When the printer is ready to go, it advises the user to install using the CD provided onto a computer. This was fairly easy and from start to finish, including time to unwrap everything; the whole set up took less than 20 minutes which I thought was very impressive. It connected to our wireless internet once I had selected our home network and typed in the password, which again was very simple.
When the printer was set up I loaded the paper in the tray and printed a test page. Both photo paper and standard A4 size paper can be left loaded at the same time which is something I've not had on previous printers and think is super!
WHAT DOES IT LOOK LIKE?
Fairly attractive actually! It's black, shiny and looks quite neat and pretty sitting on the bottom ledge of my computer table underneath the PC. There are no unnecessary cables hanging from it as it only needs to be plugged in at the wall socket which I think it great.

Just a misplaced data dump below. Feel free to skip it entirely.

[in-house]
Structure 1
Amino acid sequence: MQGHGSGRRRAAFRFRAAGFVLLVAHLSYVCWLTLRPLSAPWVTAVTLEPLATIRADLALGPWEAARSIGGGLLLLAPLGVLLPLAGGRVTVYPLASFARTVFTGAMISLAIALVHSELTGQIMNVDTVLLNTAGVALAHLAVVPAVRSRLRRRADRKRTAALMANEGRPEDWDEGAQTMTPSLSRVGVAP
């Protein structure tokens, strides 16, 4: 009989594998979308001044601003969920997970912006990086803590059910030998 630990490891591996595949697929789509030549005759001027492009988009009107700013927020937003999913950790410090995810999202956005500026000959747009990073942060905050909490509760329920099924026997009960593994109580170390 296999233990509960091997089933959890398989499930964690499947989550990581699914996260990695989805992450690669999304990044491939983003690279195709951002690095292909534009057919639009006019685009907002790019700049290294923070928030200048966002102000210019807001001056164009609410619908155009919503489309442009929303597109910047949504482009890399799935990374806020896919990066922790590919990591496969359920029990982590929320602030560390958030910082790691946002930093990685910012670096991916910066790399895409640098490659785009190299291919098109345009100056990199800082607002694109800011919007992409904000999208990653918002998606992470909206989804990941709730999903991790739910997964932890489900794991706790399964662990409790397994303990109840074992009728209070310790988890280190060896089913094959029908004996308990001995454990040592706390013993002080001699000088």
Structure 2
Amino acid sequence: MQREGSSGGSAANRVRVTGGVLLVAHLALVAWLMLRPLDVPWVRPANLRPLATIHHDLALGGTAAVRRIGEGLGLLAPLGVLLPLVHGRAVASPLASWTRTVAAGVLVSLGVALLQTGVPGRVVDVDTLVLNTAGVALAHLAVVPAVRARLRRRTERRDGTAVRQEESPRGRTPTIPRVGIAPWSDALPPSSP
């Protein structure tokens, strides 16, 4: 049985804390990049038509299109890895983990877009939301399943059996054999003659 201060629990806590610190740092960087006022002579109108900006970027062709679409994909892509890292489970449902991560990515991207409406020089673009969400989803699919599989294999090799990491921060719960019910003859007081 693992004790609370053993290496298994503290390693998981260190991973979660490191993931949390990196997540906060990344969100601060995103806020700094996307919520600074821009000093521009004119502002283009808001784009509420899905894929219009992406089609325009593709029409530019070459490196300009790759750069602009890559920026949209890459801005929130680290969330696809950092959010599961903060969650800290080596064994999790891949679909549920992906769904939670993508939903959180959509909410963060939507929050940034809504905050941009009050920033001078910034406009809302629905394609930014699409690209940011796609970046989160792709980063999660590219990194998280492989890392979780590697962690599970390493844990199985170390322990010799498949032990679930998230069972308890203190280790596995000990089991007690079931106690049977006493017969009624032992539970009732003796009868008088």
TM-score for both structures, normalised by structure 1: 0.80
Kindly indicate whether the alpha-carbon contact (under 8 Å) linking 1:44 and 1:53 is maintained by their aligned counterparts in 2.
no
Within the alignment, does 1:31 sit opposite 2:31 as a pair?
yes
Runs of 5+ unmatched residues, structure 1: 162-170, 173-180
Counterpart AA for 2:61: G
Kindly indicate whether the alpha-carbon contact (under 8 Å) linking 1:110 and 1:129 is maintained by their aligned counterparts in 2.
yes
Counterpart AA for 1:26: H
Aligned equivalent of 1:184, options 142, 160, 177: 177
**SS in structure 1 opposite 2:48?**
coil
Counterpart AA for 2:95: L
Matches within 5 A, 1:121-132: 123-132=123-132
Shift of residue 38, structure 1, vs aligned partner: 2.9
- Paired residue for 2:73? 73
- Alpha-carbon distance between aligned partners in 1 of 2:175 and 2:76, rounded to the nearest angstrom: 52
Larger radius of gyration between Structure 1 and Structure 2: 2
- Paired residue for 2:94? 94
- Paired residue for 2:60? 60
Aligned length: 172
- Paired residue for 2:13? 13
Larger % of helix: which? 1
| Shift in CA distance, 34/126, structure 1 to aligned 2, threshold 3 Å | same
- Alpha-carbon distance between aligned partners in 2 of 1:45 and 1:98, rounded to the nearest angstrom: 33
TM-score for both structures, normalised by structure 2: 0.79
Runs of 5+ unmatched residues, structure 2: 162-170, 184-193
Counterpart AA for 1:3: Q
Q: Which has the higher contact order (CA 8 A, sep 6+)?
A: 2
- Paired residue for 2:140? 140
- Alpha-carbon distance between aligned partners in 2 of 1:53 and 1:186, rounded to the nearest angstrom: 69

The touch screen makes it look very state of the art and to me it looks like a large iPhone on the front of the printer. It is very easy to use with sharp, clear writing and options on the display screen, all in colour, which can easily be selected using your finger.
The scanner is on the top with a lid the size of the printer which opens up to reveal a glass screen. A4 or smaller paper can be placed on the screen for scanning or copying.
The printer is 17.91 x 17.7 x 7.8 inch in size and weighs 16.9 lb which makes it an ideal size to fit under a computer table or study table.
SPECIAL FEATURES OF THE PRINTER
The first thing that stood out for me about the Photosmart Premium was that it had two sized slots for memory cards so that I can print straight from my camera without having to use cables or save them to the computer first. This is ideal for quickly printing photographs without using the extra energy of logging onto a PC.